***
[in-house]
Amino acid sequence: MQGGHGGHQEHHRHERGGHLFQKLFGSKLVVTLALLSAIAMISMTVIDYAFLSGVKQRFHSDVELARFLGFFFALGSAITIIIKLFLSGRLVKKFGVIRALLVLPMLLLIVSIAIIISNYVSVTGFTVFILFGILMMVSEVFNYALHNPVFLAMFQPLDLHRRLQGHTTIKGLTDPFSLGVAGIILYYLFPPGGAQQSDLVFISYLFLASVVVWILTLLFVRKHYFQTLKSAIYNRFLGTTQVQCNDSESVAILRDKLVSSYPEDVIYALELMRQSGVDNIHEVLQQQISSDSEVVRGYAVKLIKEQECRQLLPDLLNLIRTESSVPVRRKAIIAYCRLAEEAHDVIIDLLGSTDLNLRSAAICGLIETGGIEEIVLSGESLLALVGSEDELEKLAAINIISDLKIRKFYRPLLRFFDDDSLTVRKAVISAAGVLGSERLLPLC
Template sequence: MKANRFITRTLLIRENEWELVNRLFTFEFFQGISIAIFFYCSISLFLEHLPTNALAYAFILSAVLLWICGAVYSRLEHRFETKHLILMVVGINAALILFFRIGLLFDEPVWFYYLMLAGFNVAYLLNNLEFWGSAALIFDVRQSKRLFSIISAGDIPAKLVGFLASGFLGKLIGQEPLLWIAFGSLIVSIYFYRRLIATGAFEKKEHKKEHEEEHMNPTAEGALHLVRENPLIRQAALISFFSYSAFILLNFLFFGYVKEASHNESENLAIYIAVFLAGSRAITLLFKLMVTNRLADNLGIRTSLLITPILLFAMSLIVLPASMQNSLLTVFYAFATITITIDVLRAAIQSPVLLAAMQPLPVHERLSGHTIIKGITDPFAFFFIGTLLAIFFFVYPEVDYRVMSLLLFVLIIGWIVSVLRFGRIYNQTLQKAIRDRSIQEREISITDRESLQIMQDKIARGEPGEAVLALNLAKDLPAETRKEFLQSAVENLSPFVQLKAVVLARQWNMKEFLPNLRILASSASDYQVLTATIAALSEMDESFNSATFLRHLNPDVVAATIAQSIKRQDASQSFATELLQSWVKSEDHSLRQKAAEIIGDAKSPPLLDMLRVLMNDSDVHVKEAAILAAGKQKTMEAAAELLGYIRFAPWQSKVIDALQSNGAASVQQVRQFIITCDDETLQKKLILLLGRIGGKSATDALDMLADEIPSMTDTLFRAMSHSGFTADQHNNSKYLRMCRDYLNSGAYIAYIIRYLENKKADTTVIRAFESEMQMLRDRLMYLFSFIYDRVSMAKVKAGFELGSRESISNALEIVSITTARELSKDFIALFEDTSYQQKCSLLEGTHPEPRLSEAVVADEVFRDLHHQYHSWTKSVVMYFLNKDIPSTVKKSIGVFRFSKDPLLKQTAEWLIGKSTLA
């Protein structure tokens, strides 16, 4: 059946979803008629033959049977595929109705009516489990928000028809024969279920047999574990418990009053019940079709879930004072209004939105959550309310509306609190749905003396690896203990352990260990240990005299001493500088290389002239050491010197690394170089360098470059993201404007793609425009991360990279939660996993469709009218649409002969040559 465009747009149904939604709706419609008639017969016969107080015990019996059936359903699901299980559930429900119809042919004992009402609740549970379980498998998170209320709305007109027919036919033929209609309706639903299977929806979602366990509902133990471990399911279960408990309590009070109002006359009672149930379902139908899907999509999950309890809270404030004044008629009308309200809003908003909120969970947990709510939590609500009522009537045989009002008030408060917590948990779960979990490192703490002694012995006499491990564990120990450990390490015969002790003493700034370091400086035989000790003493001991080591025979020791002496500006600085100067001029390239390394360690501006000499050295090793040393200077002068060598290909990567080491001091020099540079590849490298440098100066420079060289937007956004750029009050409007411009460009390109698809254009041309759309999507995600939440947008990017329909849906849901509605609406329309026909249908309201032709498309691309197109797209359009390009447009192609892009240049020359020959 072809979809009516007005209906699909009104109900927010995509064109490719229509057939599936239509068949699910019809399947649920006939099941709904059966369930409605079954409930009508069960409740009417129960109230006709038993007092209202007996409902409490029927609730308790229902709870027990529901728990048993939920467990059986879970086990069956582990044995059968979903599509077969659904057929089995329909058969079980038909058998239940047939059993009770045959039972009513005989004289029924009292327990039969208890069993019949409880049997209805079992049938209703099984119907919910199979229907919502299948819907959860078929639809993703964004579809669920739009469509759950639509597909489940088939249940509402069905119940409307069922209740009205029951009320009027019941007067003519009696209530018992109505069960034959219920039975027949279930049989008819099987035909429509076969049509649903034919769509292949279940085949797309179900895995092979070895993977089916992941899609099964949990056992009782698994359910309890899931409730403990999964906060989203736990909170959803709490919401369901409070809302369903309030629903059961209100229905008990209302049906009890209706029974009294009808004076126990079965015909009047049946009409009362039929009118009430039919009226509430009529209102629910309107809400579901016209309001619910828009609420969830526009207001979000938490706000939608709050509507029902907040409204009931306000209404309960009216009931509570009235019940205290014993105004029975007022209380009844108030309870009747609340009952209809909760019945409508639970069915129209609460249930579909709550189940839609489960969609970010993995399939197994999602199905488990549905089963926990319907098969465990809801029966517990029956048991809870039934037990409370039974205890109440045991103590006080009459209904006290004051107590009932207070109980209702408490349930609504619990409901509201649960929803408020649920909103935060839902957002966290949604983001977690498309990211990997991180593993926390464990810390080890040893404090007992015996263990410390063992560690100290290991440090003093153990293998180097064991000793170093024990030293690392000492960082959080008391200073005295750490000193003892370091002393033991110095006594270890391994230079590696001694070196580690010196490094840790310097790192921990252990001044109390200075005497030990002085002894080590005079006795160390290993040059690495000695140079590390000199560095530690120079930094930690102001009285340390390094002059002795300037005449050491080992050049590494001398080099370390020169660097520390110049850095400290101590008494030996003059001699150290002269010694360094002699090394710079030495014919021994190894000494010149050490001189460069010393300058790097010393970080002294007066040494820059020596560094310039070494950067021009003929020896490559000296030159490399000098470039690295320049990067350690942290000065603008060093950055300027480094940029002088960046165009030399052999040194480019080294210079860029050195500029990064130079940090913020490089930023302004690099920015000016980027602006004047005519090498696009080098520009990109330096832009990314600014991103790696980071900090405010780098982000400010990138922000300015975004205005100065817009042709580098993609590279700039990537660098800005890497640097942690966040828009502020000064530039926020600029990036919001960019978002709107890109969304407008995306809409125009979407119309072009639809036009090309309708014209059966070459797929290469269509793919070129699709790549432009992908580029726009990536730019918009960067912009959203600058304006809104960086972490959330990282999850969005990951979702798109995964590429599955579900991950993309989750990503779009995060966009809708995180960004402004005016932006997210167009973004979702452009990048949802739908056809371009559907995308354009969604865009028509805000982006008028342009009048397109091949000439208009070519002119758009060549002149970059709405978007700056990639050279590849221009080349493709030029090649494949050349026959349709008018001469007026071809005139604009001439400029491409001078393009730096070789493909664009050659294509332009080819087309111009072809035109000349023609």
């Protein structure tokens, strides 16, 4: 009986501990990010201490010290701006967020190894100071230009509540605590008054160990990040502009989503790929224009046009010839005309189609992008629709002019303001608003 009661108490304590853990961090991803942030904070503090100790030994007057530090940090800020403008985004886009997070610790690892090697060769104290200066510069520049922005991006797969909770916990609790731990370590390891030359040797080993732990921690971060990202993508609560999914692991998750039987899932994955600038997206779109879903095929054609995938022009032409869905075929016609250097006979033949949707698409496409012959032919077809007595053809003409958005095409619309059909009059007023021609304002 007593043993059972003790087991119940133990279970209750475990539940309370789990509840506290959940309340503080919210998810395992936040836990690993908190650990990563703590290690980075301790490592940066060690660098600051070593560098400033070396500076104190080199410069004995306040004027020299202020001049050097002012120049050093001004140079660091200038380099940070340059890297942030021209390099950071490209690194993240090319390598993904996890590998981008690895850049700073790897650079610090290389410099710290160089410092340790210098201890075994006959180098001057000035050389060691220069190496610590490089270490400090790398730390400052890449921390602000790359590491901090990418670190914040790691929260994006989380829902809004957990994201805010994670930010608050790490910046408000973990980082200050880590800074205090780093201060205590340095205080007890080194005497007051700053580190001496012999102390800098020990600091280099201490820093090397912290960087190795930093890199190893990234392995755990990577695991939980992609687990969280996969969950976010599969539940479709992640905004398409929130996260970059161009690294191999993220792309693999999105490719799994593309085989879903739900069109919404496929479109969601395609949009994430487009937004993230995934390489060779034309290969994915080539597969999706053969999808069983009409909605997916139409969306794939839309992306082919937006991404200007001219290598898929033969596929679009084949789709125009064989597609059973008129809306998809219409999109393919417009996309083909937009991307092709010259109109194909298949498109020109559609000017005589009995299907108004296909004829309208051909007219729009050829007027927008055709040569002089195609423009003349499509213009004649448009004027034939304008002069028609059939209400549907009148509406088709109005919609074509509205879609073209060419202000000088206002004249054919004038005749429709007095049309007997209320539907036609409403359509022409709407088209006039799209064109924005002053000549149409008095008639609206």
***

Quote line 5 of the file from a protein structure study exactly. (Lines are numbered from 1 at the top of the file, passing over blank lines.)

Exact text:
């Protein structure tokens, strides 16, 4: 009986501990990010201490010290701006967020190894100071230009509540605590008054160990990040502009989503790929224009046009010839005309189609992008629709002019303001608003 009661108490304590853990961090991803942030904070503090100790030994007057530090940090800020403008985004886009997070610790690892090697060769104290200066510069520049922005991006797969909770916990609790731990370590390891030359040797080993732990921690971060990202993508609560999914692991998750039987899932994955600038997206779109879903095929054609995938022009032409869905075929016609250097006979033949949707698409496409012959032919077809007595053809003409958005095409619309059909009059007023021609304002 007593043993059972003790087991119940133990279970209750475990539940309370789990509840506290959940309340503080919210998810395992936040836990690993908190650990990563703590290690980075301790490592940066060690660098600051070593560098400033070396500076104190080199410069004995306040004027020299202020001049050097002012120049050093001004140079660091200038380099940070340059890297942030021209390099950071490209690194993240090319390598993904996890590998981008690895850049700073790897650079610090290389410099710290160089410092340790210098201890075994006959180098001057000035050389060691220069190496610590490089270490400090790398730390400052890449921390602000790359590491901090990418670190914040790691929260994006989380829902809004957990994201805010994670930010608050790490910046408000973990980082200050880590800074205090780093201060205590340095205080007890080194005497007051700053580190001496012999102390800098020990600091280099201490820093090397912290960087190795930093890199190893990234392995755990990577695991939980992609687990969280996969969950976010599969539940479709992640905004398409929130996260970059161009690294191999993220792309693999999105490719799994593309085989879903739900069109919404496929479109969601395609949009994430487009937004993230995934390489060779034309290969994915080539597969999706053969999808069983009409909605997916139409969306794939839309992306082919937006991404200007001219290598898929033969596929679009084949789709125009064989597609059973008129809306998809219409999109393919417009996309083909937009991307092709010259109109194909298949498109020109559609000017005589009995299907108004296909004829309208051909007219729009050829007027927008055709040569002089195609423009003349499509213009004649448009004027034939304008002069028609059939209400549907009148509406088709109005919609074509509205879609073209060419202000000088206002004249054919004038005749429709007095049309007997209320539907036609409403359509022409709407088209006039799209064109924005002053000549149409008095008639609206």